Laura Dogu on forbes.com says buying just three Vanguard index funds will “create a low cost, broadly diversified portfolio that is easy to manage.” That may be true. But these index funds will not produce much income.

          So I'm betting on something else -- Equity Income funds that produce income, that I can buy with no transaction fees and no loads, that are fairly well diversified, and earn four or five stars from the Morningstar rating company.

I'm going with funds like the Parnassus Equity Income (PRBLX), a five-star fund with management fees of 0.99%; the Fidelity Asset Manager Fund (FASIX), a four-star fund with fees of 0.57%; the Vanguard Wellesley Fund (VWINX), another five-star fund with a management fee of just 0.28%; and the Vanguard Wellington Fund (VWELX) a five-star fund with a management fees of 0.30%.

I can’t start recommending funds – these or any others -- I can only tell you that I've owned various mutual funds over the years, some good, some bad. Altogether they haven’t made me rich, but they’ve produced returns that easily beat the 1% you get from your friendly neighborhood bank, or the negative 10% my brother-in-law makes from day trading.

Wish me luck!


Anonymous said...

My condolences. To your money. Bye Bye.

Dr. Kathy McCoy said...

Good luck! These days, it's really hard to know how to generate the best income. Our greatest financial advantage in retirement is being debt free -- no mortgage, no other debt. Otherwise, we've invested carefully in stocks, bonds and mutual funds and so far, so good. But our stash is modest and we are old enough to get Social Security and a small pension, so we aren't as concerned about generating immediate income. We're just trying to make sure our savings continue to grow. I really hope you find just the right investment for your savings!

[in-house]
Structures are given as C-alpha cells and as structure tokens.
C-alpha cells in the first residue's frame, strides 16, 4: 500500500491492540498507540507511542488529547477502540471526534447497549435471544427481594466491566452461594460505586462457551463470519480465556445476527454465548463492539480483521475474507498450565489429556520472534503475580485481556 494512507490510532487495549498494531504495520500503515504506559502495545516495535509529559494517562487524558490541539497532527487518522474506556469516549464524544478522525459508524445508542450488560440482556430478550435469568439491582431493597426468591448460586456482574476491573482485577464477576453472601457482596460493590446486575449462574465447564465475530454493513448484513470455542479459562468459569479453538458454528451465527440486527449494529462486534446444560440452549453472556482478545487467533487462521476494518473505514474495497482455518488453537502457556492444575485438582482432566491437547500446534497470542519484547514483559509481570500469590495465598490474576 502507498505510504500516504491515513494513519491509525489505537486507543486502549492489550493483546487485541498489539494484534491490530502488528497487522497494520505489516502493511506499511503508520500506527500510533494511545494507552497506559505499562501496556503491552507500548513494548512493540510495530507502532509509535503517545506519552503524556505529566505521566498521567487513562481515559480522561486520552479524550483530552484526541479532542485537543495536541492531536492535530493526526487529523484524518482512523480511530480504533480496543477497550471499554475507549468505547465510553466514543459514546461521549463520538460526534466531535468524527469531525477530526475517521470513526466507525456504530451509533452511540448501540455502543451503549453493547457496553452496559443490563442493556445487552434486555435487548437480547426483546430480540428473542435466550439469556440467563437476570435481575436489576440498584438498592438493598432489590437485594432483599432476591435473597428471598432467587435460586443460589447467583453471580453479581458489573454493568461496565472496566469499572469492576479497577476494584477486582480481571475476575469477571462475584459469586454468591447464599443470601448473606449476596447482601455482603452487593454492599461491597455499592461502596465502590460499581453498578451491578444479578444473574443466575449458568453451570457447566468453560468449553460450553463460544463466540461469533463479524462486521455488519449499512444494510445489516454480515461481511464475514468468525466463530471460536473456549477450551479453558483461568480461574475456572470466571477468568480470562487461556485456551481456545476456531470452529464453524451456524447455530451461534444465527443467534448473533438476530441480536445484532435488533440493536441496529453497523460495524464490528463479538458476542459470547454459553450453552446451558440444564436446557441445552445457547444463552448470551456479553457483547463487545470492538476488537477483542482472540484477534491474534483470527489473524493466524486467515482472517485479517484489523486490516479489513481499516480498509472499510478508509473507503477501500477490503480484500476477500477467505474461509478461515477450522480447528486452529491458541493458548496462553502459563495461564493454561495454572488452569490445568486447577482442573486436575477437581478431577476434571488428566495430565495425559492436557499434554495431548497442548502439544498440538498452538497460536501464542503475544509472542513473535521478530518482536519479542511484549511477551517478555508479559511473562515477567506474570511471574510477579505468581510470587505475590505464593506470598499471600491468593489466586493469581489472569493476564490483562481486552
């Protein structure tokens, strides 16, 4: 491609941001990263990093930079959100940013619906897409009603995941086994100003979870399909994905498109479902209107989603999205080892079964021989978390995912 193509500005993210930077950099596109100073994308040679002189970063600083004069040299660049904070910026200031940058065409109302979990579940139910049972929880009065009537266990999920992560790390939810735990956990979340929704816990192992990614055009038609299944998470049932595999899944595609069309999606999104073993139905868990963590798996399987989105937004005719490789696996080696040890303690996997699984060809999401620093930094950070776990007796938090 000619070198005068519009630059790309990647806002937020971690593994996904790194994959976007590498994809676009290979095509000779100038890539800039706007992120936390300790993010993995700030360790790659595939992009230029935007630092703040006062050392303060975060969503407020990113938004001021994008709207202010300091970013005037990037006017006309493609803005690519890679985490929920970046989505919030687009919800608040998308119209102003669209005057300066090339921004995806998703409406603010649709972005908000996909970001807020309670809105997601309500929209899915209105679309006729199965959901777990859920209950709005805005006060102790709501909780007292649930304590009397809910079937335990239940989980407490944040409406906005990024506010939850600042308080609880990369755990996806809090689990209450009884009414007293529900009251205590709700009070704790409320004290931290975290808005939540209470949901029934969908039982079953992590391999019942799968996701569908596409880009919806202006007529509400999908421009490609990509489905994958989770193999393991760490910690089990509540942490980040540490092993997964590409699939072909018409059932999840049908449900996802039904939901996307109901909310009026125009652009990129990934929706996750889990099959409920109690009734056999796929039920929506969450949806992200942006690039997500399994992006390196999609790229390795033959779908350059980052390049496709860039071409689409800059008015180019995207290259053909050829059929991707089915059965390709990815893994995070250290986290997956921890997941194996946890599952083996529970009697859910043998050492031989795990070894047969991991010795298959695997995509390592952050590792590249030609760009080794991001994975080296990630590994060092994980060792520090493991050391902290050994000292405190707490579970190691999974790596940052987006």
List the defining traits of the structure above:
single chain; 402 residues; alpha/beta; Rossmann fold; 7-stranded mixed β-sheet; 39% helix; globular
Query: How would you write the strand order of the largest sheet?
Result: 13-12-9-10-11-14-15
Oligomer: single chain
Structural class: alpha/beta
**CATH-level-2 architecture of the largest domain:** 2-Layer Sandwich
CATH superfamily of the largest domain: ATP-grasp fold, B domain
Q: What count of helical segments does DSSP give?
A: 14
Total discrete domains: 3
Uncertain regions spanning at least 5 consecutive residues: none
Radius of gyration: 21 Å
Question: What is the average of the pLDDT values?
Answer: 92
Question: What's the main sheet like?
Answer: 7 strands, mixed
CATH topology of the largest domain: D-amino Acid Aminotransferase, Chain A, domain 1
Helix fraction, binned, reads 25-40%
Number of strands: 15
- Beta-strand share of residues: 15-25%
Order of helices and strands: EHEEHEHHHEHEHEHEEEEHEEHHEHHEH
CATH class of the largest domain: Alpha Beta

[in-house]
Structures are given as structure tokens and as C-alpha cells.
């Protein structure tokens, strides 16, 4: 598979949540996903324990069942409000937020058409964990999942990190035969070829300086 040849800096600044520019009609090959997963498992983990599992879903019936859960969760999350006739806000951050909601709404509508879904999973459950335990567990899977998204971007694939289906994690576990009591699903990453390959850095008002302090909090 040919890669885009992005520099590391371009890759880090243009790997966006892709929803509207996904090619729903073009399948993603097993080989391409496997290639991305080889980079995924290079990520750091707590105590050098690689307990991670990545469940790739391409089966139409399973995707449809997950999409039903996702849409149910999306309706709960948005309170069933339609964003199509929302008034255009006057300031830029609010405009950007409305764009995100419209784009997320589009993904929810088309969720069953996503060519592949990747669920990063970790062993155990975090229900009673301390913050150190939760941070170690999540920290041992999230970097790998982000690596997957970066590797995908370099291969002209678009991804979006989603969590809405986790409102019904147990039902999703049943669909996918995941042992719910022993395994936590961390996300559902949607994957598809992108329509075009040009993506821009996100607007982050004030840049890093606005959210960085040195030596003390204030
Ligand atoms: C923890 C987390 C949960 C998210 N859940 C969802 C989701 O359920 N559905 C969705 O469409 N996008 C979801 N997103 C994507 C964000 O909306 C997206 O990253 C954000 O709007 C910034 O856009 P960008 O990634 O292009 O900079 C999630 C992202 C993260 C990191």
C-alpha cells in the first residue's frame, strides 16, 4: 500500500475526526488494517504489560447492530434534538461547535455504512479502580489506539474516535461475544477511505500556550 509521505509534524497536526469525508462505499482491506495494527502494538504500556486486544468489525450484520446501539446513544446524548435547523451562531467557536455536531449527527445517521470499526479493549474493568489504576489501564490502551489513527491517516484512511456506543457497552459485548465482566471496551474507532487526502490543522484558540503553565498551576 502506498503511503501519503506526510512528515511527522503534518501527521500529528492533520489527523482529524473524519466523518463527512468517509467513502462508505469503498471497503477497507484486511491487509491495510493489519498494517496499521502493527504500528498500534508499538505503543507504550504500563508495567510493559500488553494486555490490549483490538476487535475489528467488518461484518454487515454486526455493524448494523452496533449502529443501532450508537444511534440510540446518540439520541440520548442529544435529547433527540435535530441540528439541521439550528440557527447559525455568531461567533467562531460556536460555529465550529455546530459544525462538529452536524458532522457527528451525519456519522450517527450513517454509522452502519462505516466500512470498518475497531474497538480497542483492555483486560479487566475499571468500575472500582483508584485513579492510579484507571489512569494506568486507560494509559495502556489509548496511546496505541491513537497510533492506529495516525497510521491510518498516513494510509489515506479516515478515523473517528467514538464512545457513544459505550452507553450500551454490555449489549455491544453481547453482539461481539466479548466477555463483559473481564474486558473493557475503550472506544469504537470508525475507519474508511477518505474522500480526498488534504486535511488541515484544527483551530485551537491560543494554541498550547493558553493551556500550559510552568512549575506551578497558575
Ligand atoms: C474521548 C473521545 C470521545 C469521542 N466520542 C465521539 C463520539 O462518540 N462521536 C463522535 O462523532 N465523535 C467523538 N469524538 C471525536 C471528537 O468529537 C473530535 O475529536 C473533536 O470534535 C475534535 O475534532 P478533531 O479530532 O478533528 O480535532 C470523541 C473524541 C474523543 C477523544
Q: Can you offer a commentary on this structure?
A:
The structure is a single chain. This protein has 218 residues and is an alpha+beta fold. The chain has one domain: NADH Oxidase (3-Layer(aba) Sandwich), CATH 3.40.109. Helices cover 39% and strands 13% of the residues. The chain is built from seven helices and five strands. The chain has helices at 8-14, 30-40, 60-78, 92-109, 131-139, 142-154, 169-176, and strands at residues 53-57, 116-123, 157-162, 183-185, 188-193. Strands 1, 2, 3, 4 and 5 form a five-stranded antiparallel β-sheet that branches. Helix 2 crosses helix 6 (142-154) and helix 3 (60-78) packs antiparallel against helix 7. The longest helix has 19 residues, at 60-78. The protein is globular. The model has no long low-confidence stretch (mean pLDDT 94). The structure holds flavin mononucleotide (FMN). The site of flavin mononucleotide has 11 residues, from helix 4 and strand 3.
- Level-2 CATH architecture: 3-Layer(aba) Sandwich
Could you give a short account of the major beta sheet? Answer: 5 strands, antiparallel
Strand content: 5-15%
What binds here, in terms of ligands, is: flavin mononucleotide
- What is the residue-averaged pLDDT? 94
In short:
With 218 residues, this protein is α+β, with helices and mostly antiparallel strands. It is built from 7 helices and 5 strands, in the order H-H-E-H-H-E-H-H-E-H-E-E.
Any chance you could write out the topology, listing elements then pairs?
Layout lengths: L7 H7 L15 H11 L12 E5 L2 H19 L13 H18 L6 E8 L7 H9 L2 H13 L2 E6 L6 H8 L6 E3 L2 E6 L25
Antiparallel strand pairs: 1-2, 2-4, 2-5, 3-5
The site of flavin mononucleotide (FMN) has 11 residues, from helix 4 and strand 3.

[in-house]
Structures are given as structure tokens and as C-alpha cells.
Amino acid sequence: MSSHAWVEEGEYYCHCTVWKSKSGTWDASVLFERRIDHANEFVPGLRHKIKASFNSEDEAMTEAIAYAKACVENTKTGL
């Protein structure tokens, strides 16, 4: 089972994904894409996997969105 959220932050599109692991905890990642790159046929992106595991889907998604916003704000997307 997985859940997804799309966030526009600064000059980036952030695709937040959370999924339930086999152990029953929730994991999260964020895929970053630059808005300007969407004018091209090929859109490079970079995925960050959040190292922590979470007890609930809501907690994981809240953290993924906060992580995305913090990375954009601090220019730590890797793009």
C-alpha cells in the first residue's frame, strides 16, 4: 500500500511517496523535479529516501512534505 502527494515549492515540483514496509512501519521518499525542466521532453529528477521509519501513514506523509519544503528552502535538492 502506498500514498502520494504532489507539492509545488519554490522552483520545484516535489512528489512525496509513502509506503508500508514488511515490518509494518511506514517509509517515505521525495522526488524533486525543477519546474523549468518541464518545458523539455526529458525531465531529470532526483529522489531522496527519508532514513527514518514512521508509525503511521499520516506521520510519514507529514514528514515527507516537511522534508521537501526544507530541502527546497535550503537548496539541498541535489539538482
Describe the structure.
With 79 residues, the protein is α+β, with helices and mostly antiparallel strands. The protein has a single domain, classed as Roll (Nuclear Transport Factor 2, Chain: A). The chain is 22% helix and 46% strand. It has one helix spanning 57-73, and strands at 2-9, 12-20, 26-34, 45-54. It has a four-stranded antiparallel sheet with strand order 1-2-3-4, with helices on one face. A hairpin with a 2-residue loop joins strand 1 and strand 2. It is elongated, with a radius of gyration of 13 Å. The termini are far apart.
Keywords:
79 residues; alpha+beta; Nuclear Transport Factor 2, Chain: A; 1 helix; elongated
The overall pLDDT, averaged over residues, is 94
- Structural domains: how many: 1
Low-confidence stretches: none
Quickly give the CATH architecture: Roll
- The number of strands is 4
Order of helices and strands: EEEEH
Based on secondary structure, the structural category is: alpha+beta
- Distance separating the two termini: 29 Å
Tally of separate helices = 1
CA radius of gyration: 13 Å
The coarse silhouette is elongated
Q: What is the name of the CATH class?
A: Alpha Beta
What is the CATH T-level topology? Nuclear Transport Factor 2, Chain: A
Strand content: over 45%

Bob Lowry said...

Your blog is one I list on my blog so I check it regularly. Todays' post stirs up different feelings. One one hand, you identified the reality of banks that makes billions of dollars with our money but give virtually none of it back.

On the flip side is the risky search for alternatives. Mutual Funds are probably the safest of the choices available to us regular folks. But, as a collective, mutual funds don't do all that well, except for the fund manager and owners.

What's someone to do? The "normal" rules don't work anymore. Real estate? Another sink hole with no bottom in sight.

Best of luck. If you find the right combination I hope you let us know.

Mac n' Janet said...

We do have pensions, but still have money in the market that gives us extra money and a better return than CDs. Did we lose some money in the crash, yes, but we've made it back and more. Is it safe, no, but we can live with a little danger.

schmidleysscribblins.wordpress.com said...

My CDs have a return of 3.5% Reading your post today makes me think I am not doing so badly. David has his nest egg in something with more risk but a similar return...one of those AIG companies. We also have pensions and SS, although who knows what will happen before, on or after August 2, a scary proposition given two of our pensions are government annuities.

Douglas said...

Here's a tip (though it is an ETF)... NLY. It is currently paying 13+% and trading at about $18.65 or so. I would not buy it right now but wait for its next dip down into the $17 range. It pays quarterly. 3000 shares will give you a check for $1950 each quarter. It's a REIT so there is some risk. Then there is FT (Franklin Universal Trust) which is a CEF. It is trading on its high side now at around $6.62, yield is about 8% (.038 cents) paid monthly.

Then there are municipal bond funds but these seem heavily loaded with California bonds and I think they are risky. Still, their dividends are quite good at 7% or so and TAX-FREE.

A broker will tell you to stay away from these suggestions. I will tell you to be very careful about investing any "spare" (is there any such thing these days?) money.